Designed by Japanese firm SANAA with structural engineering by Japan-based SAPS and UK-based ARUP, this year’s structure promises to be a departure from years past, if only because SANAA, according to the partners Ryue Nishizawa and Kazuyo Sejima, “started out trying not to make ‘architecture.’”
The result is an aluminum and plywood composite roof supported on an array of slender steel columns. The ceiling of the pavilion is clad with mirror-polished stainless steel, creating a series of reflections of the activities below and the surrounding park. The overall form is described by the architects as “drifting freely through the trees like smoke.”
The roof surface is not flat, but sweeps toward the ground at one end to the height of table, while rising at other points to accommodate a café and auditorium space. In an e-mail to RECORD, Sejima and Nishizawa wrote that, instead of a closed pavilion, “we wanted to make a completely open structure. We really tried hard not to make an object, though in many ways, we did. It feels like we're playing with the park. At one point, we thought about making just a fountain.”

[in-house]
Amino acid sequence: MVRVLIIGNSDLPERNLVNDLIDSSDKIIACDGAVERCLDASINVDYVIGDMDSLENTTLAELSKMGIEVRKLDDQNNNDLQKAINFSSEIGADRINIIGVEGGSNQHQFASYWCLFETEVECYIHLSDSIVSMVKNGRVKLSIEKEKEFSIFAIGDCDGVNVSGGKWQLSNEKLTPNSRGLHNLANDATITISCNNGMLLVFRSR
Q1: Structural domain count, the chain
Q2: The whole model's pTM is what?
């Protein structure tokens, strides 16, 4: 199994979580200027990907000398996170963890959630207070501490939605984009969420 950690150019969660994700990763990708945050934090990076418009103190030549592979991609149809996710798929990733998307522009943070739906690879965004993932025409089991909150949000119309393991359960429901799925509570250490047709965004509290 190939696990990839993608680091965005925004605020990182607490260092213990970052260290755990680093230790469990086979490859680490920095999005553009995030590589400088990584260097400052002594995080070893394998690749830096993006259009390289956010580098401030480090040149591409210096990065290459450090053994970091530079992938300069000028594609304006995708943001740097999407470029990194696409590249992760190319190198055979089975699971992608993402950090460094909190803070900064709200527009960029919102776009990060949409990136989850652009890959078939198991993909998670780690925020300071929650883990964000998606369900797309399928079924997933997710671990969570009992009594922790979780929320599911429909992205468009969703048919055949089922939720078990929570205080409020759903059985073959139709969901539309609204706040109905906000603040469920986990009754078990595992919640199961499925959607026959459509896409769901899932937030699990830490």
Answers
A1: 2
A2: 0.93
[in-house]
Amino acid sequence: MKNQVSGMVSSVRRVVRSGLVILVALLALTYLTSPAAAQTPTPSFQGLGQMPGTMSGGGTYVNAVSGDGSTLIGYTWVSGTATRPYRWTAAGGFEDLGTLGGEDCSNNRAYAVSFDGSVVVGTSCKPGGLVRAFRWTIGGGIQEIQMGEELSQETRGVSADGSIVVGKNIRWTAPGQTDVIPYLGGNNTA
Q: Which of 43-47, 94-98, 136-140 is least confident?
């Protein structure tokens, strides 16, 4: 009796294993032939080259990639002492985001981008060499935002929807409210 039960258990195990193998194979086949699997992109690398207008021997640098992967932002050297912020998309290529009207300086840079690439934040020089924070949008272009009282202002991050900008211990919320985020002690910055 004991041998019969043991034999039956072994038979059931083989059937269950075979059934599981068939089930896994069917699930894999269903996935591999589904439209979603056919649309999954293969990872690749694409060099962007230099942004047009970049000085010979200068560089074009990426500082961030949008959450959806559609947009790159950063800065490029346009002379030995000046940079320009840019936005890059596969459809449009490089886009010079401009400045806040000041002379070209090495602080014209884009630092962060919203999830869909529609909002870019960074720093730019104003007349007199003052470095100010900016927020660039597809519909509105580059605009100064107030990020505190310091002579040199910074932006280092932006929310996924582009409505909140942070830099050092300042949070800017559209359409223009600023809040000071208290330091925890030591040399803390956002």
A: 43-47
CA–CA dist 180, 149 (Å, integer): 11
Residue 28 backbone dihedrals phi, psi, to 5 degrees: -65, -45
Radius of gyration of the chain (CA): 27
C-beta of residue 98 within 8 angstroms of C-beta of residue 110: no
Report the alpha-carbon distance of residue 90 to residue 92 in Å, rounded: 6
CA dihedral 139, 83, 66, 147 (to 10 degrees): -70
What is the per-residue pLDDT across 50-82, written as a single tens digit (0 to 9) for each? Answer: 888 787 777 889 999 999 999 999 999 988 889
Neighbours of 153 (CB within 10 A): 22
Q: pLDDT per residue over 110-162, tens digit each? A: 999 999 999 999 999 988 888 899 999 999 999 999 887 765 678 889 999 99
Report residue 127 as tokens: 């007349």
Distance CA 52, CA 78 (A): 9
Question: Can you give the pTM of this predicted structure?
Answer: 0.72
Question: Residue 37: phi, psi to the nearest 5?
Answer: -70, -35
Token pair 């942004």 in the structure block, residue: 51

There is no set budget for the yearly project (the cost for this year’s installation was not disclosed), and funding is provided by a combination of sponsorships, in-kind sponsorship donations, and the sale of the structure after its dismantling. This year’s presenting sponsor was NetJets Europe, with platinum sponsor Mace Group.
Started by Serpentine director Julia Peyton-Jones in 2000, the Serpentine Pavilion program gives a commission to an internationally renowned architect who has no prior work in the UK. Other architects in the series have included Frank Gehry and Toyo Ito, who was Sejima’s mentor in the 1980s.
The pavilion will be up through October 19 and will host performances, talks, film screenings, and the annual Serpentine Poetry Marathon this fall.